If you don't mind, your hub makes a perfect match for my own on the redwoods, and I've inserted a link to it for those that might be interested in the Sequoias.

    • Peggy W profile image
      Author

      Peggy Woods 5 years ago from Houston, Texas

      Hi alocsin,

      Oh my! You must get out and visit Sequoia and Kings Canyon National Parks in your home state of California. Seeing a sequoia in an arboretum cannot compare to the majesty of seeing them in groups and especially mammoth ones like the General Sherman and others with special names. Glad that you found this informative and thanks for your comment and votes.

    • alocsin profile image

      alocsin 5 years ago from Orange County, CA

      Though I live in California, I've never visited this park, sad to say, though have heard much about it. I've seen actual sequoias of course, because they have them in all the arboretums here. But not match the majesty of General Sherman. Voting this Up and Interesting.

    • Peggy W profile image
      Author

      Peggy Woods 5 years ago from Houston, Texas

      Hi Stephanie,

      Perhaps on another trip someday you will get up to see Sequoia and King Canyon National Parks. I know how you love such things. I not only don't mind your linking hubs...heading on over to read yours now and will undoubtedly be linking yours as well. I love trees and their textures and the way you write...I know it will be wonderful. Thanks for your comment.

    • Stephanie Henkel profile image

      Stephanie Henkel 5 years ago from USA

      Hi Peggy, I wish we had been able to visit the Sequoia and Kings Canyon National Parks to see the giant sequoias when we were in California. We did spend time in the redwood forests north of San Francisco - there's nothing as incredible as these amazing ancient giants! Love your hub - If you don't mind, I am putting in a link to it from my hub on Beautiful Trees and Their Textures.

    • Peggy W profile image
      Author

      Peggy Woods 6 years ago from Houston, Texas

      Hello Om,

      Well, that is certainly original...giving a child the last name of Sequoia when that is undoubtedly not the family name. Wonder how he will like that when he grows up? Hope your memories of visiting those national parks are as good as mine are.

    • Peggy W profile image
      Author

      Peggy Woods 6 years ago from Houston, Texas

      Hello creativeelearn,

      Sorry for the late response. For some reason this was tagged as spam and until someone else made a comment, I did not realize that you had left a comment. Nice to know that you enjoy these travel hubs of mine. Have you visited the Sequoia and Kings Canyon National Parks?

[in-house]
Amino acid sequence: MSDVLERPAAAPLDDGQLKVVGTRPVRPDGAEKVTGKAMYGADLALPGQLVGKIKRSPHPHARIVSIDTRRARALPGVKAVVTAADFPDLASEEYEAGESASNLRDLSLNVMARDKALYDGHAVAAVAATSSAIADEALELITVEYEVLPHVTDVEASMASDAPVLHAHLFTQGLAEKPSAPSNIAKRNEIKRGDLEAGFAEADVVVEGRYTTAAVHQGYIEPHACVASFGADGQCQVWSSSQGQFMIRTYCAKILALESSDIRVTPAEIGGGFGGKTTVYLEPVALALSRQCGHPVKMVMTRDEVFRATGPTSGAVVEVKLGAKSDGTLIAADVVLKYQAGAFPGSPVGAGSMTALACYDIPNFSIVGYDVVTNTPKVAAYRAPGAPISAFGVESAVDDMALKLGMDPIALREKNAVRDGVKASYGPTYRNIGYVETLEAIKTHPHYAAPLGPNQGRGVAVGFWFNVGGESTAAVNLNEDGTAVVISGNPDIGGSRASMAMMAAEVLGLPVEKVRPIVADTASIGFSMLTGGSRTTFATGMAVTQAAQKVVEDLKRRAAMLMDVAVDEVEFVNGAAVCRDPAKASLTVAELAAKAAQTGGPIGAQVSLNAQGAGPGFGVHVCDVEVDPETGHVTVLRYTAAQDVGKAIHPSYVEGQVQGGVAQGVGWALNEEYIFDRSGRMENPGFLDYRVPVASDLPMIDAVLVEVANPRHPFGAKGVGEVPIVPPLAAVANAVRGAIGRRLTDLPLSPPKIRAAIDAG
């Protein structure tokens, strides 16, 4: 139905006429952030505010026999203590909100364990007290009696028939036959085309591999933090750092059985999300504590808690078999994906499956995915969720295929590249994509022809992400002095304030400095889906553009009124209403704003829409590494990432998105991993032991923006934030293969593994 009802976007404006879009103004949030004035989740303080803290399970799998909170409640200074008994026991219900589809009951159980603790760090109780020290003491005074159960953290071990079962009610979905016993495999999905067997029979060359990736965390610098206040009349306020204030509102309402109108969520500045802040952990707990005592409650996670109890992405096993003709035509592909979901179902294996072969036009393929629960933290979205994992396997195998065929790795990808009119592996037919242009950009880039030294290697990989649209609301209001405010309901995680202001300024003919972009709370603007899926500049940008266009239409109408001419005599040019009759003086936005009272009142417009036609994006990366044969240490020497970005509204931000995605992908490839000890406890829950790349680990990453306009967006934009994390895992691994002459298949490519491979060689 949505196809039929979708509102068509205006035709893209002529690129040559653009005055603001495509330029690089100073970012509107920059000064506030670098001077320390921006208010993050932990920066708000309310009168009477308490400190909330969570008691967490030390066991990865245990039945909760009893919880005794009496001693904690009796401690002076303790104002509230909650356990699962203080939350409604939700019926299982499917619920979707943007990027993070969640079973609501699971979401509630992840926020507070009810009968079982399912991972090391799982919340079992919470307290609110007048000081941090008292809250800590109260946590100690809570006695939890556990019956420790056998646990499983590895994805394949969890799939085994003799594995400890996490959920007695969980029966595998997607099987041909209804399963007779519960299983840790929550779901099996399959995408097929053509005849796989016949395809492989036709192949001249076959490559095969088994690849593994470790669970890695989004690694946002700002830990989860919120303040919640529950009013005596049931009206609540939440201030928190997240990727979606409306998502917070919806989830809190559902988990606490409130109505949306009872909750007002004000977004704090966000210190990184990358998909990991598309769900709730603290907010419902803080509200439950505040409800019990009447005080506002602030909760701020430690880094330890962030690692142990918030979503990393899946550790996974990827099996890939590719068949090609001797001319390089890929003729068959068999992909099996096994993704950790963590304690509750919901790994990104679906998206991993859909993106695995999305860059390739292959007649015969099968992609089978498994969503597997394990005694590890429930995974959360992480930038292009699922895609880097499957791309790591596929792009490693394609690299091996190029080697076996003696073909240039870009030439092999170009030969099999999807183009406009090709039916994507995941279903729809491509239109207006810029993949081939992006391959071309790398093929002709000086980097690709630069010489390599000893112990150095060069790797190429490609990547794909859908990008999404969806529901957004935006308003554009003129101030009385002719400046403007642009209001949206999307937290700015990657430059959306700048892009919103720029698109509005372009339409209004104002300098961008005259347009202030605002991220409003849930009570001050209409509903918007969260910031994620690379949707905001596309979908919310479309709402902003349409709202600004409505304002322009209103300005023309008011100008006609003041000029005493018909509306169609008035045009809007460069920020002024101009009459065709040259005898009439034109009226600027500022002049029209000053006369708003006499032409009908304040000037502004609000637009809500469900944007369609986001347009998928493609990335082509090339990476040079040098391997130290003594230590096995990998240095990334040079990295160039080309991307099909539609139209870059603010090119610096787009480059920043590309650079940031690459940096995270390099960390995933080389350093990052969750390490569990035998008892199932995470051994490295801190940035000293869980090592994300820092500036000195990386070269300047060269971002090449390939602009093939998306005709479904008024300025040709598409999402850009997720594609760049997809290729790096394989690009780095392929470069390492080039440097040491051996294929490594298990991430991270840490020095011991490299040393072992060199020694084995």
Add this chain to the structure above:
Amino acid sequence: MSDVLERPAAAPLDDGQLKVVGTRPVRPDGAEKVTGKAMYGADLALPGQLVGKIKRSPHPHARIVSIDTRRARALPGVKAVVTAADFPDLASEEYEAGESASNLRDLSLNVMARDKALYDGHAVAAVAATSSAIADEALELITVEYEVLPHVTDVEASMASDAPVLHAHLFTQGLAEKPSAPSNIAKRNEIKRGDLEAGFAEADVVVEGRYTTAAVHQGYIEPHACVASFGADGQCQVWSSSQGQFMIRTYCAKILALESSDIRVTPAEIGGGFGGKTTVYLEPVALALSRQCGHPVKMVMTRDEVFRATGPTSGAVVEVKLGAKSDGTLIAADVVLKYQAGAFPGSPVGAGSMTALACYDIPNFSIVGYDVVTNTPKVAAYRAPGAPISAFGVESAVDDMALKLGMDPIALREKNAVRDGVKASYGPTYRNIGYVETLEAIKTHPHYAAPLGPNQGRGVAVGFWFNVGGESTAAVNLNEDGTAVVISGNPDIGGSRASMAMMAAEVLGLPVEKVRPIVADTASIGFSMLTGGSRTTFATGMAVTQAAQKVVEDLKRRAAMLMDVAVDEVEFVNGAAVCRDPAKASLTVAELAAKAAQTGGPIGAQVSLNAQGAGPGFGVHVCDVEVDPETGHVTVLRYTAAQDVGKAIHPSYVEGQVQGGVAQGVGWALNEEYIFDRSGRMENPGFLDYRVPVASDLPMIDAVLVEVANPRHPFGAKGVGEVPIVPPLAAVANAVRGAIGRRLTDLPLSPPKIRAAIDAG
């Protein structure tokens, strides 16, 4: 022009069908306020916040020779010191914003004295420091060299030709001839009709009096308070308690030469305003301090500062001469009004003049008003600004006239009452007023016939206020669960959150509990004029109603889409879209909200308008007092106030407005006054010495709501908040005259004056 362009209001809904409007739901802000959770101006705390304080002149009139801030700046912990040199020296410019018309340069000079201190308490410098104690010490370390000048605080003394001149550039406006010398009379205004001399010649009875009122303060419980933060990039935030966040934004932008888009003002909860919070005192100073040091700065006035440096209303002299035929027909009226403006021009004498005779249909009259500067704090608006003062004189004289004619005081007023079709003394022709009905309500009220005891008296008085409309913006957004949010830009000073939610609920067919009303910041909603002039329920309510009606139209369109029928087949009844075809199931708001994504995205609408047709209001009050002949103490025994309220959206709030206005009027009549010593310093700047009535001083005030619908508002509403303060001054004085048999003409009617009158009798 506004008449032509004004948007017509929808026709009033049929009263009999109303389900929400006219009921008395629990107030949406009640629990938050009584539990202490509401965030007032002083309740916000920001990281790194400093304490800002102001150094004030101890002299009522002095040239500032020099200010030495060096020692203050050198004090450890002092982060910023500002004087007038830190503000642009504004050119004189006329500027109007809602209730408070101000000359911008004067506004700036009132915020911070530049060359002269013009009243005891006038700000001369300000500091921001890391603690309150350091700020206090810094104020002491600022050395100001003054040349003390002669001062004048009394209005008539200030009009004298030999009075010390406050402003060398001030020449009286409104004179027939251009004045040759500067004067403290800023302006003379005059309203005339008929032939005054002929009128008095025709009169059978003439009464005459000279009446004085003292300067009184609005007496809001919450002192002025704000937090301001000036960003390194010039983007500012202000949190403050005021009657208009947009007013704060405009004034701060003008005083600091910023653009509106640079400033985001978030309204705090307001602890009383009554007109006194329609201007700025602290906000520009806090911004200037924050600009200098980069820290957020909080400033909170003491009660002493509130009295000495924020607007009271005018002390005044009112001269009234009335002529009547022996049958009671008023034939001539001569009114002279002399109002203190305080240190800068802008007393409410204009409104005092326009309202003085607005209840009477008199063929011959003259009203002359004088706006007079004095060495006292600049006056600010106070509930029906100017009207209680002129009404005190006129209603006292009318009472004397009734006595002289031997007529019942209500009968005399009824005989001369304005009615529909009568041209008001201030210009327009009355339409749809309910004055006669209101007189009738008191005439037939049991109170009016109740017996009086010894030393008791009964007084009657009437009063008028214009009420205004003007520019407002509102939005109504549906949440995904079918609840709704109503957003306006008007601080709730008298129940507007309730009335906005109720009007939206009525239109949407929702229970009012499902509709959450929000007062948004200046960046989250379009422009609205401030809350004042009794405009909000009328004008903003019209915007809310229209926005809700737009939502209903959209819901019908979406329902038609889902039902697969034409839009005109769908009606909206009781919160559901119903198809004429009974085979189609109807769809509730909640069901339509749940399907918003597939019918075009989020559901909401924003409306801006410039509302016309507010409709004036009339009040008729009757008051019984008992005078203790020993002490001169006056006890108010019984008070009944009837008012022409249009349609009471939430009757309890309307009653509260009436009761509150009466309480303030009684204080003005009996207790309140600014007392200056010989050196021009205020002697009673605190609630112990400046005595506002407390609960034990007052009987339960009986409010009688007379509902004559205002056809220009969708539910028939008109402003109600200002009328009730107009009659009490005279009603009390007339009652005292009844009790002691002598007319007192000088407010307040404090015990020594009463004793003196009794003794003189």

• Om Paramapoonya profile image

      Om Paramapoonya 6 years ago

      I've been there! Awesome trees indeed. In fact, my ex-husband and his girlfriend loved these trees so much when their son was born, they gave him the last name "Sequoia". Yep, you heard that right...his last name, not first name. :)

    • creativeelearn profile image

      creativeelearn 6 years ago from Orlando

      Awesome hub and very informative. You write some wonderful travel hubs. I travel a lot and am always looking for some great tips so keep up the good work.

    • Peggy W profile image
      Author

      Peggy Woods 6 years ago from Houston, Texas

      Hello Dim Flaxenwick,

      Thank you for your complimentary words about this Sequoia and Kings Canyon National Parks hub. Words almost defy describing these magnificent trees and no picture can truly capture their grandeur. It is truly an experience to be there in person.

    • Dim Flaxenwick profile image

      Dim Flaxenwick 6 years ago from Great Britain

      This was a truly magnificient experience going through the parks with you. That´s how you made me feel. I love trees but have never seen a giant sequoia , only photos. The videos were wonderful.

      Thank you for making my day

    • Peggy W profile image
      Author

      Peggy Woods 6 years ago from Houston, Texas

      Hi Billy,

      Aha! You remembered! :)) Glad to hear that you enjoyed this series from Sequoia National Park and the adjoining Kings Canyon National Park. I have already written about Yosemite which is to the north of Kings Canyon. 3 terrific parks all adjacent to one another in California. Thanks for your comment.

    • billyaustindillon profile image

      billyaustindillon 6 years ago

      You promised another great Sequoia hub and wow you delivered a great tribute to nature at its best. A great series Peggy.

    • Peggy W profile image
      Author

      Peggy Woods 6 years ago from Houston, Texas